Harold and Maude

28 Feb

Director: Hal Ashby (1971)

Harold (Bud Cort) is one of the original dark and twisty teenagers, making those Twilight kids look they ride magical rainbow ponies to school every day. His main obsession is death and coming up with increasingly graphic and well designed suicides that might allow him escape his affluent upbringing under the watchful and concerningly unconcerned eye of his mother. Combine this with his other favourite pastimes including attending funerals and watching demolitions and it is no wonder the poor chap is having difficulty wooing ladies. Or at least ladies his own age.

Enter Maude (Ruth Gordon), mad as a box of frogs on crack, this feisty 79 year old lady picks up our Harold at a funeral and thus embarks upon a relationship that wins Harold his first friend. And helps him hit a few other milestones in the process.

Yes it is creepy, there is no denying this. See in particular the scene where Harold slow dances behind Maude, his hands skimming her polyester twin set like a pubescent teenager at a school dance. Wait a minute…

But with her vivacious and unwavering love and passion for life, it is hard not to fall for Maude and it’s easy to understand why dark and twisty Harold falls for her. But why does he have to go there. Can’t they just enjoy spending their time with one another, happy in the knowledge that she has injected him with a fresh lease of life and he has given her a beautiful memory of happiness to go out on instead of injecting her with something of his own… Perhaps I am being a tad judgemental – it is perfectly healthy for an 18 year old and a 79 year old to develop that loving feeling. But I mean – even Anna Nicole Smith had to draw a line somewhere.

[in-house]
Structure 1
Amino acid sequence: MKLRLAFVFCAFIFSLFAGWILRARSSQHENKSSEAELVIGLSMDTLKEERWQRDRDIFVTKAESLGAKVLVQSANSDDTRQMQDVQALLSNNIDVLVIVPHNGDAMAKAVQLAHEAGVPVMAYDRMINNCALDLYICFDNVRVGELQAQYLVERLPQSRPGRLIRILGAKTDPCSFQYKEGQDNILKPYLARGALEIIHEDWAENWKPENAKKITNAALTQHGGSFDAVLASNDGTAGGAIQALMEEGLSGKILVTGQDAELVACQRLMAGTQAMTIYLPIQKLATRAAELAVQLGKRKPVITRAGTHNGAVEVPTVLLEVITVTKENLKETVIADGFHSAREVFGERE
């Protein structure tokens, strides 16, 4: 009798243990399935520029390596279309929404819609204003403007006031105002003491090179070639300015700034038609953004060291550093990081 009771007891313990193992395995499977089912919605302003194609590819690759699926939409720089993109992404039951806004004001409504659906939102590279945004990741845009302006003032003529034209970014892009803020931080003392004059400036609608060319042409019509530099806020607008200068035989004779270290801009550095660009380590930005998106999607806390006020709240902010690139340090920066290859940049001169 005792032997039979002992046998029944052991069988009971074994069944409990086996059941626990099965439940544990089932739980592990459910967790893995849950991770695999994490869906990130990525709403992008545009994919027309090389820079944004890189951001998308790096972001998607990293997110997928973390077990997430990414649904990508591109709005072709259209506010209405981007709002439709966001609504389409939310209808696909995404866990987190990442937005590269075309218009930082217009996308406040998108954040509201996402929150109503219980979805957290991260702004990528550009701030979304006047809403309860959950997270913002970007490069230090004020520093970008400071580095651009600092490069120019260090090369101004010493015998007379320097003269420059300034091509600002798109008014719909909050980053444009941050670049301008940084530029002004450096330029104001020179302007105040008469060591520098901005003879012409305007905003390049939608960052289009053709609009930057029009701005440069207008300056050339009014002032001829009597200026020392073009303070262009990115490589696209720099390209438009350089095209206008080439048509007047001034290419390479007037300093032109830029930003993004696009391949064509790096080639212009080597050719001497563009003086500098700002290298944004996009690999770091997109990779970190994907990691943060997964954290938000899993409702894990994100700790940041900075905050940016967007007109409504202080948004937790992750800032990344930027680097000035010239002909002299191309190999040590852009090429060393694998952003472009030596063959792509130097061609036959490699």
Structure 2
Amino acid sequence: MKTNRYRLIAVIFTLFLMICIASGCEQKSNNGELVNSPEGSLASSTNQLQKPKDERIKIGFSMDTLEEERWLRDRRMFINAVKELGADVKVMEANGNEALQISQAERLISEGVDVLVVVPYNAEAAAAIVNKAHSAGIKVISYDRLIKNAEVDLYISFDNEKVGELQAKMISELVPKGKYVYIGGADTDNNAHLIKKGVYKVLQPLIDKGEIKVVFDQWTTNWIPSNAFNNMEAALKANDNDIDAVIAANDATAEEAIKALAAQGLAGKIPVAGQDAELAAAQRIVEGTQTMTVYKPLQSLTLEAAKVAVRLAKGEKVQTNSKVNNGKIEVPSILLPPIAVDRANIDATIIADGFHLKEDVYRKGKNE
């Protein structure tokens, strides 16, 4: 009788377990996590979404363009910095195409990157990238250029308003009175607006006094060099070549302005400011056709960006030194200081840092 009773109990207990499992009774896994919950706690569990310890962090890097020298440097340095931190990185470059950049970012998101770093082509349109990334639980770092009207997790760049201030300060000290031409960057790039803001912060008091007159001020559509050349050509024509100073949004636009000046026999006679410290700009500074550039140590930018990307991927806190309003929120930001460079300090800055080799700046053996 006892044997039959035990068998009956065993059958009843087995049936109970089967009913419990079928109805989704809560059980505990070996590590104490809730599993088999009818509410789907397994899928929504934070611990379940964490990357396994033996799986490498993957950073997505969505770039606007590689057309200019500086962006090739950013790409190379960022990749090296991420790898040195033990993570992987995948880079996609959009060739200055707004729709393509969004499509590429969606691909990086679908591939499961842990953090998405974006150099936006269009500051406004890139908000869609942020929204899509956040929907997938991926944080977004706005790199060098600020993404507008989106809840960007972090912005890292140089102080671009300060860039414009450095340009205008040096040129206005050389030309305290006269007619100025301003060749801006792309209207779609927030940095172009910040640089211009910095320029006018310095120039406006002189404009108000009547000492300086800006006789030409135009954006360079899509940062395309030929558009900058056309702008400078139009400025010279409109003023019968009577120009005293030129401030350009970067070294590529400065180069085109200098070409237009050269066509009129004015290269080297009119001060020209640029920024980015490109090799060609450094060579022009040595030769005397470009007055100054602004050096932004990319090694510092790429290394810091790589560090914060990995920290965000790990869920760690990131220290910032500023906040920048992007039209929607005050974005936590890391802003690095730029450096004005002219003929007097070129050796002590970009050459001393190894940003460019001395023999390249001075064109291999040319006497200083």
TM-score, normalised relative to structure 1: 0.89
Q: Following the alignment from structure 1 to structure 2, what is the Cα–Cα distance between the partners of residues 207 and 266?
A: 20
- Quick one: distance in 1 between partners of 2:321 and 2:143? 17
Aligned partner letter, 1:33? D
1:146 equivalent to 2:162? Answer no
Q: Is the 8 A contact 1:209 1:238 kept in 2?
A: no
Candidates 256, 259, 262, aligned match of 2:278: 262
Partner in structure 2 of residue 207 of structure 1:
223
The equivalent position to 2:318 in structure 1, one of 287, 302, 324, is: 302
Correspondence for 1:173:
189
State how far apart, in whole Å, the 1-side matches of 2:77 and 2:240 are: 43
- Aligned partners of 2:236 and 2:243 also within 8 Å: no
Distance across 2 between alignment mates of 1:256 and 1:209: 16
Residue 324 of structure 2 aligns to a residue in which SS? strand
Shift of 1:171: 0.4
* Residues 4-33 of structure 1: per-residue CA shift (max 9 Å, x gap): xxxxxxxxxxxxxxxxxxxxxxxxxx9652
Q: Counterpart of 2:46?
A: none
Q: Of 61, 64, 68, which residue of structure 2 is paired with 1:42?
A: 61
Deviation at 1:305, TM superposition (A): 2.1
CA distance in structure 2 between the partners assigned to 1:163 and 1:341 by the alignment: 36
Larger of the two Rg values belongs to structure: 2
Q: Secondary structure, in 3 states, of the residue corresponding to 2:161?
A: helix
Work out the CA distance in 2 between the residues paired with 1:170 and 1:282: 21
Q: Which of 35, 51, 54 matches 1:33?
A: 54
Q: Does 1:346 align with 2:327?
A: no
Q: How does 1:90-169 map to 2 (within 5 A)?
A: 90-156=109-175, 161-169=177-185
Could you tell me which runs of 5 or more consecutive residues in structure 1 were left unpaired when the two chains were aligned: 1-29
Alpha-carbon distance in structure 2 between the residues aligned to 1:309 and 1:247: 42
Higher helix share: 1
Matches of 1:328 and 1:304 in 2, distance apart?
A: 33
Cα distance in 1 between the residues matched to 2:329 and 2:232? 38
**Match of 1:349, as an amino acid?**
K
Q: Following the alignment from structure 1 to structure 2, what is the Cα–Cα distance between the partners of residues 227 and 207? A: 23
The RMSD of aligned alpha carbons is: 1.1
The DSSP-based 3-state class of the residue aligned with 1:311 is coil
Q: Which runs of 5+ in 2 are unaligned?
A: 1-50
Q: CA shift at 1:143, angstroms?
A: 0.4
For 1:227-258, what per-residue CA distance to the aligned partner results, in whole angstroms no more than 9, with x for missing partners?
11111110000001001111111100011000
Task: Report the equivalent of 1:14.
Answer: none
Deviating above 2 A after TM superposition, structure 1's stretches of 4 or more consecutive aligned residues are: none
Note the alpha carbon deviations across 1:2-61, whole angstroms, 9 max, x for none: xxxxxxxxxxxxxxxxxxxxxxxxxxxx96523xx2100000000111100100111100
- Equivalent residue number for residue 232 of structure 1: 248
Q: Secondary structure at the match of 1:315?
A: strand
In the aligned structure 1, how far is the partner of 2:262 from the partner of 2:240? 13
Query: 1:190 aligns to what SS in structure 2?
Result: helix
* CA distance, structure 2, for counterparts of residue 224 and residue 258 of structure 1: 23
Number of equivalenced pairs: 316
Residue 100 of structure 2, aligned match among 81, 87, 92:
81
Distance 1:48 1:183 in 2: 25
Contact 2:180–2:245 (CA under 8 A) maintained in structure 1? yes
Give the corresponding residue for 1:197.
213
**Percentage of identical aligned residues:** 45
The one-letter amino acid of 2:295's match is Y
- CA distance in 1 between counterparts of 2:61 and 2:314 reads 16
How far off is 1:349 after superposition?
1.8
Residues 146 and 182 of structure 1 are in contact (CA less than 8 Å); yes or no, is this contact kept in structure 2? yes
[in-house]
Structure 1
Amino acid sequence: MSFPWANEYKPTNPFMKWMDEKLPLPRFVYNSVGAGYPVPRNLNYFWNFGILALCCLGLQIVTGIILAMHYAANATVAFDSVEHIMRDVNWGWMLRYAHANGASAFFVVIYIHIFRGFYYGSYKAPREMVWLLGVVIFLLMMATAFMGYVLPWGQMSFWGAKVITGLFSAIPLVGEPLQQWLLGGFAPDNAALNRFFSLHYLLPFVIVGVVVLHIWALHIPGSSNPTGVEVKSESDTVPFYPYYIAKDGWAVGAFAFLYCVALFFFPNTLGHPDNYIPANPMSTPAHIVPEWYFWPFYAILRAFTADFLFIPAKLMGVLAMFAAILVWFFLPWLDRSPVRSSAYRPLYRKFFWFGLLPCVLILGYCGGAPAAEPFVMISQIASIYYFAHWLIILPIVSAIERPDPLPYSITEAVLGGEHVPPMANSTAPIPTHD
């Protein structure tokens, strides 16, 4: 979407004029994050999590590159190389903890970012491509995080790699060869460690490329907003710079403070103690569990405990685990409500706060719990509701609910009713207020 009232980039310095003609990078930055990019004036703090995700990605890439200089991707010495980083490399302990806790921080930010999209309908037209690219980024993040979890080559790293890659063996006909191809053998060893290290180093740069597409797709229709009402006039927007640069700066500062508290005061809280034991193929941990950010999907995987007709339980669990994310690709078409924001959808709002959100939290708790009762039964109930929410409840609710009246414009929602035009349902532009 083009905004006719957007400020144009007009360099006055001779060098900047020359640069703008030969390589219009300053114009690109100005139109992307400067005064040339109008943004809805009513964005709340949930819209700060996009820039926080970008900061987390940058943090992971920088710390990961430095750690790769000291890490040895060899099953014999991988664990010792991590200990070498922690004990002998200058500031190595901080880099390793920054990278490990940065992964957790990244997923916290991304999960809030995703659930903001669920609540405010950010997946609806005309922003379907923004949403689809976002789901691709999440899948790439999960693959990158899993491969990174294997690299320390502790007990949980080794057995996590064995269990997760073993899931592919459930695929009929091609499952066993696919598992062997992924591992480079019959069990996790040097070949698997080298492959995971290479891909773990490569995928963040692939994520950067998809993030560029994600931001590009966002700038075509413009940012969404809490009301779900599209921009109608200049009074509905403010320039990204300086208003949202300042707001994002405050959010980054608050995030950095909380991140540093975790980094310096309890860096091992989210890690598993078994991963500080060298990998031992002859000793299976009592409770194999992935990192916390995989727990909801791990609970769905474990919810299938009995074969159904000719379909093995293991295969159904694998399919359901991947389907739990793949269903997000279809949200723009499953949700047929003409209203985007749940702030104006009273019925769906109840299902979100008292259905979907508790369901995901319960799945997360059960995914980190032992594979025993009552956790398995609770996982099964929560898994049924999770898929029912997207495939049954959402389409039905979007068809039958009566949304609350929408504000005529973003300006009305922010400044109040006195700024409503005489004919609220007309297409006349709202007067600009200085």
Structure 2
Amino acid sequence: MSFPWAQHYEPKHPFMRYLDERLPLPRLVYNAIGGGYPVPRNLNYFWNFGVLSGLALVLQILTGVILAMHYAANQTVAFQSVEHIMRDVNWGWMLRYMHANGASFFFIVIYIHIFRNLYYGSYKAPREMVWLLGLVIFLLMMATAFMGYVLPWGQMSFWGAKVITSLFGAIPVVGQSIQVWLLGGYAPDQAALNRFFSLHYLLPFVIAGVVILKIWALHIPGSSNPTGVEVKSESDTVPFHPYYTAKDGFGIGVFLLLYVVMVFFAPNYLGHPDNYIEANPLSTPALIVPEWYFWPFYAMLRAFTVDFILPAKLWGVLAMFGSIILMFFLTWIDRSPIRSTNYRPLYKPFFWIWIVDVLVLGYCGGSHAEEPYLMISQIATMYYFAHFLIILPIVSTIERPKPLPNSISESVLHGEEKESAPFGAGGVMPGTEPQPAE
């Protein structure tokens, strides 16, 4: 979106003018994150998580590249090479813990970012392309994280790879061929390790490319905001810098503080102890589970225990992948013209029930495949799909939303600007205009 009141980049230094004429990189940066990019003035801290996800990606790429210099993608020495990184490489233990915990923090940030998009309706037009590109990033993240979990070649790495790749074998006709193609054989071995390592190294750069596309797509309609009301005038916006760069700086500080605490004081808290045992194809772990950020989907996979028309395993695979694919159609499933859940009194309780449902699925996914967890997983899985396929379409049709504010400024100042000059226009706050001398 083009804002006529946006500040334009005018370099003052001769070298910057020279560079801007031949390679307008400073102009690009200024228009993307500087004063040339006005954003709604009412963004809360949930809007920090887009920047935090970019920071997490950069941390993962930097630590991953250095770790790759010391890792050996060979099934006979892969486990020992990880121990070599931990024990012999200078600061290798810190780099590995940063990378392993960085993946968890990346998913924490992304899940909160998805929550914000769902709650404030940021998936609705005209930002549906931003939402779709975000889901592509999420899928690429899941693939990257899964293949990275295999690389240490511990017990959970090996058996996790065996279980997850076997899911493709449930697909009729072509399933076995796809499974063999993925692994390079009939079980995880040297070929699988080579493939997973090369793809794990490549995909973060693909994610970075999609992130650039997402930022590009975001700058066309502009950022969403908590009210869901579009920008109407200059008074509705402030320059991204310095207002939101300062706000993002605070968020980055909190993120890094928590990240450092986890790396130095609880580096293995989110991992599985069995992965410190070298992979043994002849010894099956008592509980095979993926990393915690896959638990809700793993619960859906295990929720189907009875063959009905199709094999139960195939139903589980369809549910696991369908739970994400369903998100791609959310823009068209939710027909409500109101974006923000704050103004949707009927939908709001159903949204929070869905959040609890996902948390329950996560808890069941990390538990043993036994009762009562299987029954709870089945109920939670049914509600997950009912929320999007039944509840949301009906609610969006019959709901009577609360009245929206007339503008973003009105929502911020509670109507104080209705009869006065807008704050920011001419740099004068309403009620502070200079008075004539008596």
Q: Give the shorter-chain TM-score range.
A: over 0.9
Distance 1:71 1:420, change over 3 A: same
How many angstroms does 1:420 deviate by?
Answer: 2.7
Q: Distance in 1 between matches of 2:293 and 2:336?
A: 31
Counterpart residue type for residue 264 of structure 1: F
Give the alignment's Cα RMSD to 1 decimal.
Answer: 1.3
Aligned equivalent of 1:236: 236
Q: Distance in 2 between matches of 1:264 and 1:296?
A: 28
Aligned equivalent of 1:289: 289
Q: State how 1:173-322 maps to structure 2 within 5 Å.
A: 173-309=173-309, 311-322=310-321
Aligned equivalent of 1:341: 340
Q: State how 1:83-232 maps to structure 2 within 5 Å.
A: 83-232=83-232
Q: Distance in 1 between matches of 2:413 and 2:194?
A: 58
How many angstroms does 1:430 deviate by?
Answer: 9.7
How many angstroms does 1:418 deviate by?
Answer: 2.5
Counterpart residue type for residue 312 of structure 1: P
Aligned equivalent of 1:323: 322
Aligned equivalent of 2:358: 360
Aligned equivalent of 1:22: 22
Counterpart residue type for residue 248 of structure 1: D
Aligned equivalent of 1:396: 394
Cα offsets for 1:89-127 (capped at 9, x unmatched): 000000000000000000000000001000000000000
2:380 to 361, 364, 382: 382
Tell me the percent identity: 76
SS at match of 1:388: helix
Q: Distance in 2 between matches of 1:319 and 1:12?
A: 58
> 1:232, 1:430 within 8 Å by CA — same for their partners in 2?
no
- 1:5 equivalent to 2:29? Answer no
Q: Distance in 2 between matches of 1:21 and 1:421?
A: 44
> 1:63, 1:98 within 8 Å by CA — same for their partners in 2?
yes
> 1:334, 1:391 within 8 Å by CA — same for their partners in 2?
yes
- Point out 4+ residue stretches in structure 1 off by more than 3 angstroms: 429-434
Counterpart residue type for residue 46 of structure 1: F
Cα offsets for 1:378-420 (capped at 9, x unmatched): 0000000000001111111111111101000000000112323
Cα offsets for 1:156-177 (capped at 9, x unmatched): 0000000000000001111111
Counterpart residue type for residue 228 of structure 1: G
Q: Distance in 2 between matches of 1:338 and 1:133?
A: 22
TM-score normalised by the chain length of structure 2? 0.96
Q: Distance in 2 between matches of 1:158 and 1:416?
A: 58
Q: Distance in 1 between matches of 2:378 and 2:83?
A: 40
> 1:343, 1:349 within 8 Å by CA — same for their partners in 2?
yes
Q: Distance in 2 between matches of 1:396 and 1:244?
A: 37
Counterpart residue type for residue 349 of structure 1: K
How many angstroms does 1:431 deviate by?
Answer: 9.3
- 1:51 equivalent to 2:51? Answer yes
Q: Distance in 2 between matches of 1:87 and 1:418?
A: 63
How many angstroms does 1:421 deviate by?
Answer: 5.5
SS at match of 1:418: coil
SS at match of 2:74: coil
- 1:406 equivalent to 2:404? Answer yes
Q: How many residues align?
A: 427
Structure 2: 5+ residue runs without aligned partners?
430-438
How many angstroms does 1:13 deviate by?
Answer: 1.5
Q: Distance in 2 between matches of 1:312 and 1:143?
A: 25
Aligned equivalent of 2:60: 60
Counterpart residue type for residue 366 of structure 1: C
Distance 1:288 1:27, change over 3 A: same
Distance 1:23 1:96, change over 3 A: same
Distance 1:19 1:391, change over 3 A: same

But strangely, the mechanics of their more intimate relationship – or ‘co-minglings’ as Harold’s teacher so beautifully phrases – are overshadowed by what is essentially a beautiful relationship . What makes their relationship all the more poignant is the complete juxtaposition of their life philosophies – approaching the end of her life, Maude could not be more filled with energy and enthusiasm for life while Harold, young and standing at the start of an open road can think of nothing but the end, ready to die before he has even lived. What makes the film, and the ending even more heartfelt is the realisation that I will probably never find a relationship as fulfilling as Harold and Maude’s. And also, it will always make me a tad uneasy when introducing boyfriends to my grandmother…

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